What is the measuring stick that you use when making decisions? What is your default setting, your go to guide, when indecision makes its inquiry? What are your investigation methods when searching for resolution?
If anything, this global pandemic season has called for some defining spiritual, financial, emotional, and practical decisions.
I’ll ask this question again: what decision have you made during lockdown – something that you’ve started or stopped – that has been a defining moment for you in the last ten weeks?
These questions plague our minds, begging for answers we can’t seem to find: How do we survive this economic epidemic in our home, and in our businesses? What decisions do we make today that will see us through this crisis? Do we send our kids back to school? How can we cut back on our spending? How can we change the direction of our business so that we can survive this pandemic? Do we go back to church now that the government says we can? Does working from home become a more permanent option for us? What are our personal feelings about level 3 lockdown and how do we go forward and proceed with caution while maintaining a relatively ‘normal’ life? Do we need to change our definition of normal in the current global circumstances?
Decisions. Decisions. Decisions.
In 1 Samuel 23, David faced some difficult yet defining decisions that shaped his life.
Let’s look at the first two verses for now:
Keilah was a town of Judah. The citizens of Keilah had just harvested and threshed all their grain and then the Philistines had stolen it from them. So the citizens ran and told David what was happening. A few interesting things to take note of here:
1. David was in hiding and on the run from king Saul. Saul wanted to kill David because of his jealousy towards him: (1 Samuel 18). David was not king, yet these people took their troubles to David and not king Saul.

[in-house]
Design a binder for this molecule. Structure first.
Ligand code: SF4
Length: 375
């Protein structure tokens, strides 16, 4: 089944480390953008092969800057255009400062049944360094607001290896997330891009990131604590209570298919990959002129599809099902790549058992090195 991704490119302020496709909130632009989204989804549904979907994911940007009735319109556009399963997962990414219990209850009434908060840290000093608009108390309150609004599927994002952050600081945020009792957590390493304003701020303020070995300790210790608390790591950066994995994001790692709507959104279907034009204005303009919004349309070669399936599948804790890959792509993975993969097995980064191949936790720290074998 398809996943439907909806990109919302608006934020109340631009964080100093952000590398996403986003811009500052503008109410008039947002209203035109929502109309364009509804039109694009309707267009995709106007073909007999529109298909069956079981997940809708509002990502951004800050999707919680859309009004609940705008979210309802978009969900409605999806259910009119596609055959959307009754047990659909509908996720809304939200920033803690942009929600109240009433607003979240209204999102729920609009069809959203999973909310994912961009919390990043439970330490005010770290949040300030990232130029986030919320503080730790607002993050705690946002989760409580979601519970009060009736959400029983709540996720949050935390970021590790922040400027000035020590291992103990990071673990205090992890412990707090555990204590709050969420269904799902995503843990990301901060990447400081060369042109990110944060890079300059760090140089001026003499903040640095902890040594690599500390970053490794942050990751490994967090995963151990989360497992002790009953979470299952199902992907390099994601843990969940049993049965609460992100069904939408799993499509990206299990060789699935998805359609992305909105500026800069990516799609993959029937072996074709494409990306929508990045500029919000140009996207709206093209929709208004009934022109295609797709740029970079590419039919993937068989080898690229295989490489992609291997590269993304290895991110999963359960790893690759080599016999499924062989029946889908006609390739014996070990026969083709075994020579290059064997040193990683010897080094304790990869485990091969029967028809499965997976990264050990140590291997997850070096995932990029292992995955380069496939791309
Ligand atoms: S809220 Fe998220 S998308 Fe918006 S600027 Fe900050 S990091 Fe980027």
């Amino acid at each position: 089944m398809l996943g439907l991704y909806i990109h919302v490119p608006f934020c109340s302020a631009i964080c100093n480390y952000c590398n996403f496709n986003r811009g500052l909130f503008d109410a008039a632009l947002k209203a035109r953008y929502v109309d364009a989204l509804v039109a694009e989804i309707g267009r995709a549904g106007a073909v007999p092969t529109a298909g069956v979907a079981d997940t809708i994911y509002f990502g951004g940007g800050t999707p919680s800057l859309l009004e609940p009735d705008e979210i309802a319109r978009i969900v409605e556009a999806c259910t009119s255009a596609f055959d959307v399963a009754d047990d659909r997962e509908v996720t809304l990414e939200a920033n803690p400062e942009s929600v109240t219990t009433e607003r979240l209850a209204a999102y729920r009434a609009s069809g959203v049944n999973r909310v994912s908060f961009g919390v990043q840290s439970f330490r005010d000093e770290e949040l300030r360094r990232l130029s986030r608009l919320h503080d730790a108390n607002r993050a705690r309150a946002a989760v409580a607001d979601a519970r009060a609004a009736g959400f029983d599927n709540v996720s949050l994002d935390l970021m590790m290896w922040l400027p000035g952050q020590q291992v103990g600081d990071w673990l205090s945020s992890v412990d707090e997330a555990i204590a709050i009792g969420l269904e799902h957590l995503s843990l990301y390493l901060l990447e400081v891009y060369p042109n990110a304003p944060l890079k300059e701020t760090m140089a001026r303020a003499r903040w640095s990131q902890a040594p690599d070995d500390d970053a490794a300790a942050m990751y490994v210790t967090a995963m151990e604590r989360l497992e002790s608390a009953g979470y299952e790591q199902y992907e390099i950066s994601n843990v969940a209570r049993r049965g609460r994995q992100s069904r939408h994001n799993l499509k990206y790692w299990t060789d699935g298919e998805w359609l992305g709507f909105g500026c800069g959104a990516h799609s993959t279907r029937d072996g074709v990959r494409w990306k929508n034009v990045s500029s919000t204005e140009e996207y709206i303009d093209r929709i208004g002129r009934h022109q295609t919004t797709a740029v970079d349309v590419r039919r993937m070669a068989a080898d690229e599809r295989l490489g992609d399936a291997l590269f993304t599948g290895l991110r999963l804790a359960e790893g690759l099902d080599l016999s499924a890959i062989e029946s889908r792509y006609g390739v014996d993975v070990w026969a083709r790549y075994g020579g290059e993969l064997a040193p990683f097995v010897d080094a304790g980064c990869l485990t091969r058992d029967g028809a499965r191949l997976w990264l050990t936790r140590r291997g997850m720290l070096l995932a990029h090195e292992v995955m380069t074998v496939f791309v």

2. King Saul was an unfaithful and unrighteous man and the citizens of Keilah recognised this. So, instead they ran to David; a faithful and righteous man of God.
3. God loved His people too much to see them serve at the mercy of a wicked man. So instead, the Lord gave his people a man after His own heart, David.
Can the same things be said of you? Will God find you faithful? Are you living a life of obedience? How have you chosen to live your life? Are the decisions you have made for your life God honouring?
God had a plan for Davids life. David filled his role as king before he even became king. God allowed people to see David through Kingdom perspective and not an earthly one. There was a huge anointing on Davids life that was evident to everyone, including Saul. That’s why Saul wanted him killed.
From a shepherd boy to a shepherd king, from tending sheep to leading people, from the pastureland to a royal kingdom. Gods plans for our lives are always greater than the plans that we construct for ourselves. He takes the ordinary and turns it into the extraordinary. However, it will require our godly discernment through prayer and our response of obedience.
David had every reason, by very logical explanations, to say NO to the men that asked him to help them. Here’s why:
- David wasn’t king. Therefore, he had no obligation to help them.
- David had enough worries of his own to be burdened with someone else’s worries.
- David was on the run from Saul and if he came out of hiding he would have exposed himself. Therefore, his life was at risk.
- David had an ‘army’ full of men with less than stellar resumes and bad credit records. (1 Samuel 22:1-2)
- David could have also said “YES, I can fix this problem” to the men who asked him to save them. But then he would have operated in his own strength.
However, David inquired of the Lord. (1 Samuel 23:2)
What is your default setting when making decisions? Do you run to friends, family, google, self-help books? Or do you run to the Lord? Do you inquire of the Lord when you’re feeling overwhelmed and under pressure, uncertain and undecided?
Three things stand out about Davids character:
- David loved God.
- David loved Gods people.
- David was a man after Gods own heart. (1 Samuel 13:14)
Davids response shows us that he was a man of wisdom and godliness. He responded to life’s circumstances through the lens of godly discernment. Do you?
It’s important that we take a look at our own lives when reflecting on Gods Word. We can use it as the perfect measuring stick when making decisions.
Can the same be said of your character? If not, why not? What will you do differently from now on? What is God teaching you through this story? How will you tackle the rocky terrain of indecision?
Write. Read. Remember. Pray!
Attached please from the corresponding Bible Study: